COVID-19 continues to have a major impact on every aspect of our lives. M&A is no exception. Business and market changes due to the pandemic are likely to impact our interpretations of common terms in merger agreements – such as material adverse change (“MAC”), material adverse event (“MAE”), force majeure, and ordinary course of business – for the foreseeable future.
Material Adverse Change
In a typical merger agreement, the buyer’s obligation to close will be subject to a MAC clause and some of the seller’s representations and warranties will be qualified by a MAE provision. Many practitioners are redrafting market MAC and MAE provisions to expressly include “pandemic” and broader economic or market changes resulting from a pandemic. This is particularly important as it appears likely that the pandemic has become a systemic general market risk.
In a landmark case, Akorn, Inc. v. Fresenius Kabi AG, et al., Memorandum Opinion, No. 2018-0300-JTL (Del. Ch. Oct. 1, 2018), the court found that a MAC occurred between signing and closing due to FDA compliance failures and inadequate data integrity controls. The court predicted long-term damage to the seller’s potential success due to these problems.
One could imagine a court similarly predicting long-term damage triggering a MAC if a seller’s failure to have and follow a pandemic response plan resulted in adverse consequences. Both Delaware and New York courts have pointed out, however, that a buyer has to meet a high bar – specifically, a material economic impact – to win on MAC or MAE grounds. For example, in Newmont Mining Corp. v. AngloGold Ashanti Ltd., No. 1:17-cv-08065 (S.D.N.Y. Mar. 18, 2020), the buyer of a mineral processing facility alleged that seller failed to disclose deficiencies at the facility that rendered it unable to achieve certain performance targets set forth in the materials made available to bidders during diligence and that those deficiencies, in turn, constituted an MAE under the purchase agreement. The court for the Southern District of New York rejected that claim on a number of bases, including that the claimed MAEs were excluded from the MAE definition under the plain language of the purchase agreement and that the claimed MAEs related to circumstances that were foreseeable at the time of purchase.
The purpose of a force majeure, or “act of God”, clause in a merger agreement is to excuse performance when it is compromised by forces beyond a party’s control. This clause typically lists specific events (such as natural disasters) that would trigger the provision, along with “catch-all” language.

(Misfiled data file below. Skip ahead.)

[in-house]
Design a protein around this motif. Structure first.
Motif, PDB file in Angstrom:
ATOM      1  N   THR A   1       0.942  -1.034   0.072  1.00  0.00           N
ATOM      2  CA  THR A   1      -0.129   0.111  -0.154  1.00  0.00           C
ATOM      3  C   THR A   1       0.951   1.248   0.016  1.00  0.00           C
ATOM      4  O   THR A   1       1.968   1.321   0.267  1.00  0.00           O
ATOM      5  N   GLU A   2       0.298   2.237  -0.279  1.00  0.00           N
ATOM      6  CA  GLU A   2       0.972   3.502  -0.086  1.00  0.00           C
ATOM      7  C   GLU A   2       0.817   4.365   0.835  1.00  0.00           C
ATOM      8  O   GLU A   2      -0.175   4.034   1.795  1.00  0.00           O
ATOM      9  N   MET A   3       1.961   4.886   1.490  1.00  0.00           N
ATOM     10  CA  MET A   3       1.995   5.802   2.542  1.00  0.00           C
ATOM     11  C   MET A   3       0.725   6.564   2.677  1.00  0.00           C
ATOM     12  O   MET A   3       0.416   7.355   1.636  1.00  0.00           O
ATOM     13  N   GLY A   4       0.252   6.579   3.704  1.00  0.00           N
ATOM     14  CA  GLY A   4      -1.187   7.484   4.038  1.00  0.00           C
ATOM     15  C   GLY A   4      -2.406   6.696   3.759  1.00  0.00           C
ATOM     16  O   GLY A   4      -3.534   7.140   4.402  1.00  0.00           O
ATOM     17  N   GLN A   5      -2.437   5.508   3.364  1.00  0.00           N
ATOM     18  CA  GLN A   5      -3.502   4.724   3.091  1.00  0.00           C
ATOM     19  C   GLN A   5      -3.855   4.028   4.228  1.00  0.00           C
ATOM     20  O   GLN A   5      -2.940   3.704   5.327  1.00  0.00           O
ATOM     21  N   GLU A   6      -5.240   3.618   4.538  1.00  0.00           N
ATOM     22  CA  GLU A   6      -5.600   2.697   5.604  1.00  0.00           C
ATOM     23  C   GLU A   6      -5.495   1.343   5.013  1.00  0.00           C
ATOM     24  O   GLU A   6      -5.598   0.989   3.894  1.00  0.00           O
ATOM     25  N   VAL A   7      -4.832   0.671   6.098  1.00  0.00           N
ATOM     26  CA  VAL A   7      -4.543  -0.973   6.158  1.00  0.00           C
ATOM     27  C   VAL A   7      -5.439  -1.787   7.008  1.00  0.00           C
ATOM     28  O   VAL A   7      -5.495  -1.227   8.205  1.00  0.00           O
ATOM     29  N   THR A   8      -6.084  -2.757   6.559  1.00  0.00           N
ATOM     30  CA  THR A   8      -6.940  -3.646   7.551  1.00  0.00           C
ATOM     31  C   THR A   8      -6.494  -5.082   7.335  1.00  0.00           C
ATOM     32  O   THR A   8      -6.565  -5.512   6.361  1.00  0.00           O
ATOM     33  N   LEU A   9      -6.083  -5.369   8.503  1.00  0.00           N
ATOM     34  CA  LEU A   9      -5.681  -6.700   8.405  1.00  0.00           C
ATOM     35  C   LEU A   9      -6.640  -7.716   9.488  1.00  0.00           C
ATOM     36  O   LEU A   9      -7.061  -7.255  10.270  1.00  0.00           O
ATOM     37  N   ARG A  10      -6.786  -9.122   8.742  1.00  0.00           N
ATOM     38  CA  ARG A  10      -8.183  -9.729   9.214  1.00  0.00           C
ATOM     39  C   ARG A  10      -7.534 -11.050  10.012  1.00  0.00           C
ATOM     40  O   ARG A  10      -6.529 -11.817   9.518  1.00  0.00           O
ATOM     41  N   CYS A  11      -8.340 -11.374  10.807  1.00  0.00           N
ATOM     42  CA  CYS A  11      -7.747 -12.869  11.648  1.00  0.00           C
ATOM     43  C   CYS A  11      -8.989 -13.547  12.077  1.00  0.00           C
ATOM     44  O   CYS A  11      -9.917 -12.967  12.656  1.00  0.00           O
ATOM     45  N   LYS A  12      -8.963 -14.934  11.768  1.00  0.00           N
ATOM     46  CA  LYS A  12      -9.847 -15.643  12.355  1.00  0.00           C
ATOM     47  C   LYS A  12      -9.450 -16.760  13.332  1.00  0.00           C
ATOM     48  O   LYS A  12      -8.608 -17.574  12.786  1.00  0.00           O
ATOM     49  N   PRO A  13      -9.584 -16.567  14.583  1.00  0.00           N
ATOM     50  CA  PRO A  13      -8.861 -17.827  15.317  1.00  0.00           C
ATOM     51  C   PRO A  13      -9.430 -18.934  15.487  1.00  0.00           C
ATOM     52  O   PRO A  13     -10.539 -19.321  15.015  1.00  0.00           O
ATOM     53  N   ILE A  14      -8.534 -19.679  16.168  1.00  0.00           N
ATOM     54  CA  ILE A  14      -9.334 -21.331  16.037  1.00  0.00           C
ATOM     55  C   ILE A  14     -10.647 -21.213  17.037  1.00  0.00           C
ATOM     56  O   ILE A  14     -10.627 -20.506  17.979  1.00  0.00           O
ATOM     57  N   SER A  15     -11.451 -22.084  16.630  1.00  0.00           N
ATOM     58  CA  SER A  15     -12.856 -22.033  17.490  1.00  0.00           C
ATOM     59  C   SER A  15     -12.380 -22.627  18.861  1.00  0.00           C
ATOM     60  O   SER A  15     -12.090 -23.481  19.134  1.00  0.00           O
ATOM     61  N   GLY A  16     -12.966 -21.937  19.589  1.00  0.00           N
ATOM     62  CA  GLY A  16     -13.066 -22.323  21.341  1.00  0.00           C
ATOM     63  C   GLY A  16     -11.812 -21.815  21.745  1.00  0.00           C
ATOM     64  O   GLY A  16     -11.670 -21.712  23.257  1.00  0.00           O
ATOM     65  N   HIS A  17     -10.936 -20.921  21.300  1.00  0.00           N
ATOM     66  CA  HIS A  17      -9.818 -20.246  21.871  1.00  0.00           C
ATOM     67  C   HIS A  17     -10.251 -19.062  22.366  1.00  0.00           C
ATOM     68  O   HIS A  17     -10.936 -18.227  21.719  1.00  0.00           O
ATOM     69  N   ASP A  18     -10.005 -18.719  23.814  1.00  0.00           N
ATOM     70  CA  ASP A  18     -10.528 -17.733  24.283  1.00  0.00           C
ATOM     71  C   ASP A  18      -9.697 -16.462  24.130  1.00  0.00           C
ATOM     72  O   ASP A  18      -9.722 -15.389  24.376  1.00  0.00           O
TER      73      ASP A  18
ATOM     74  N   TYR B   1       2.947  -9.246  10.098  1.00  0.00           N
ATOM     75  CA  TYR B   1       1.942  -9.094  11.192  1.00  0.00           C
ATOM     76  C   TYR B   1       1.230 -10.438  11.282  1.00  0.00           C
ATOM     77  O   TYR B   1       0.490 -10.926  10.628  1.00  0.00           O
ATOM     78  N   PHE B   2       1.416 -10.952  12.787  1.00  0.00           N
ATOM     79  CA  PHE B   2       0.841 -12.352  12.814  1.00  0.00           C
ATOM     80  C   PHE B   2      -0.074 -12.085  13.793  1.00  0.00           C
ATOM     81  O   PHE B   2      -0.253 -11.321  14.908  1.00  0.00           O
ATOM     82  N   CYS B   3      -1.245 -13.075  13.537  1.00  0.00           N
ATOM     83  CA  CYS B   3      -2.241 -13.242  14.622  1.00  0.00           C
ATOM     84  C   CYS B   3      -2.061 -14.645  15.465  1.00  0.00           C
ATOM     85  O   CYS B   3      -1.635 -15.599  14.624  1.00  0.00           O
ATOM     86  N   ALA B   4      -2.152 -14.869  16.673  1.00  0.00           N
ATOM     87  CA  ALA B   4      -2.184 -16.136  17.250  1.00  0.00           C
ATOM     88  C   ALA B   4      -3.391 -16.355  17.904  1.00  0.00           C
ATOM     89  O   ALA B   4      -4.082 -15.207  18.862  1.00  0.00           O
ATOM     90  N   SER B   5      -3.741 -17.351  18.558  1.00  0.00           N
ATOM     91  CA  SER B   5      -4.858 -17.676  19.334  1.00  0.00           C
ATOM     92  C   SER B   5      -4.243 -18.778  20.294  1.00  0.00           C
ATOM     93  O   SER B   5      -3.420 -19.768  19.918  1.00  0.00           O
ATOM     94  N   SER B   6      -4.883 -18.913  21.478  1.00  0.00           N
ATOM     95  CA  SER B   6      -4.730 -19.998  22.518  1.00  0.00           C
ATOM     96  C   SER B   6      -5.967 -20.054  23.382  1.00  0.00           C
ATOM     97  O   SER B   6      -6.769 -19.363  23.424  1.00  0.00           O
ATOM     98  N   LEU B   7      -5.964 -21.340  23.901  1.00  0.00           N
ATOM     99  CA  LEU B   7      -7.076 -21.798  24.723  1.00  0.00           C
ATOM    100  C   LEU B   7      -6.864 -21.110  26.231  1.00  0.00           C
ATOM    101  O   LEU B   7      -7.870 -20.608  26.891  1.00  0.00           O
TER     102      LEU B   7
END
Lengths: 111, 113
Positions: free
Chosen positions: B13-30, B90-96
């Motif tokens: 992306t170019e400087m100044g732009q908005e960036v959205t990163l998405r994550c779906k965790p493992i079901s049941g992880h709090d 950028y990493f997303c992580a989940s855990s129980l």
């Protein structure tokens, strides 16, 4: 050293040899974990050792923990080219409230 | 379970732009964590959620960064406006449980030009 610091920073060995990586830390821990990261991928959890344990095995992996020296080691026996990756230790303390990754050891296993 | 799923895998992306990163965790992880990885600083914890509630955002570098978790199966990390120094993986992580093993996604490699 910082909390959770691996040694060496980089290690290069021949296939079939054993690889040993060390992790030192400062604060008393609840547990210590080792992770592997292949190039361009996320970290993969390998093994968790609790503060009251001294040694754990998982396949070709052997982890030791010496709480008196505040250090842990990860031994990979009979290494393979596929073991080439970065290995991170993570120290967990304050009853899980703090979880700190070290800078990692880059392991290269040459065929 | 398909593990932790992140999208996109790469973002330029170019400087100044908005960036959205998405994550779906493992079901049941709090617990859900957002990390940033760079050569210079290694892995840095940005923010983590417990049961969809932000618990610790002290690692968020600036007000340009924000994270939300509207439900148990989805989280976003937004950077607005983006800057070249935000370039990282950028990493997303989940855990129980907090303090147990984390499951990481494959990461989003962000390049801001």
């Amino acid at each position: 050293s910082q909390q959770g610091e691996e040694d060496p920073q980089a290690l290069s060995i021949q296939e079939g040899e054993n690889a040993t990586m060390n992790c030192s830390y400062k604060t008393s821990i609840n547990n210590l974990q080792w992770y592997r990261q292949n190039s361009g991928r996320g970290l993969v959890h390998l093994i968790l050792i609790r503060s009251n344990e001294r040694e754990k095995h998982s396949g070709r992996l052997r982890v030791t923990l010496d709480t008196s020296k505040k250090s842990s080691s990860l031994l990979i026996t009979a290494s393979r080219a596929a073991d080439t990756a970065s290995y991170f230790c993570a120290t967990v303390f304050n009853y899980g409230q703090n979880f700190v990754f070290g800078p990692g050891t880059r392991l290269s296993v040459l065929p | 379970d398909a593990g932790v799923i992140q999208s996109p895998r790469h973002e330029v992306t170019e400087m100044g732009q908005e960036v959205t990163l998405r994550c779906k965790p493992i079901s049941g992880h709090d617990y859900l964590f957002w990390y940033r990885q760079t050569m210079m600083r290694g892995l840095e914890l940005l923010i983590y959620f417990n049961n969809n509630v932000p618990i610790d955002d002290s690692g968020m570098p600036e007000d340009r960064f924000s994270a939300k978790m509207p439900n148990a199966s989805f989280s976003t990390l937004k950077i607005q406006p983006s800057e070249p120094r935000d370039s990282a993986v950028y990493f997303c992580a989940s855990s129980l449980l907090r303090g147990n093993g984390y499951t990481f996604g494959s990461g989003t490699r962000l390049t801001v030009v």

Recently, Guess?, the Miami retail store, was ordered to pay rent despite changes that the retailer encountered due to COVID-19. Guess? argued that the pandemic left the business unable to pay rent when the store closed operations in 2020 due to the pandemic. The lease stated that the term force majeure encompasses “acts of God, labor disputes (whether lawful or not), material or labor shortages, restrictions by any governmental authority, civil riots, floods, or other cause beyond the control of the party asserting the existence of force majeure.”
However, it also said, “Notwithstanding anything to the contrary in this lease, tenant shall not be excused from payment of base rent, operating costs, or any other sum due under this lease by reason of force majeure.” The Miami-Dade Circuit Court found that, because the lease had an unambiguous force majeure clause, Guess? has to pay no matter what — even during a pandemic.
Ordinary Course of Business
A merger agreement typically has covenants requiring a seller to have conducted its business “in the ordinary course” and to continue to do so between signing and closing. In reviewing these covenants, courts consider how the business has operated historically and how comparable businesses are currently operating (or have operated in the past).
In AB Stable VIII LLC v. Maps Hotels & Resorts One LLC, C.A. No. 2020-0310-JTL. (Del. Ch. Nov. 30, 2020), the Delaware Chancery Court found that a seller was not operating in the ordinary course of business because it made substantive changes to its operations by shutting two hotels entirely and severely limiting operations at the other 13 in light of COVID19. Accordingly, the court held that the buyer was not obligated to close.
Pandemics were clearly not on the minds of drafters of most standard clauses found in merger agreements. However, as a result of COVID-19, we realize that pandemics may be a way of life going forward. And it is unclear how courts will apply the general language of MAC/MAE, force majeure, or ordinary course of business clauses to adverse consequences of a pandemic. Therefore, it is incumbent on M&A practitioners not to rely on general form language but rather to tailor these clauses to account for this new reality in a clear and unambiguous way.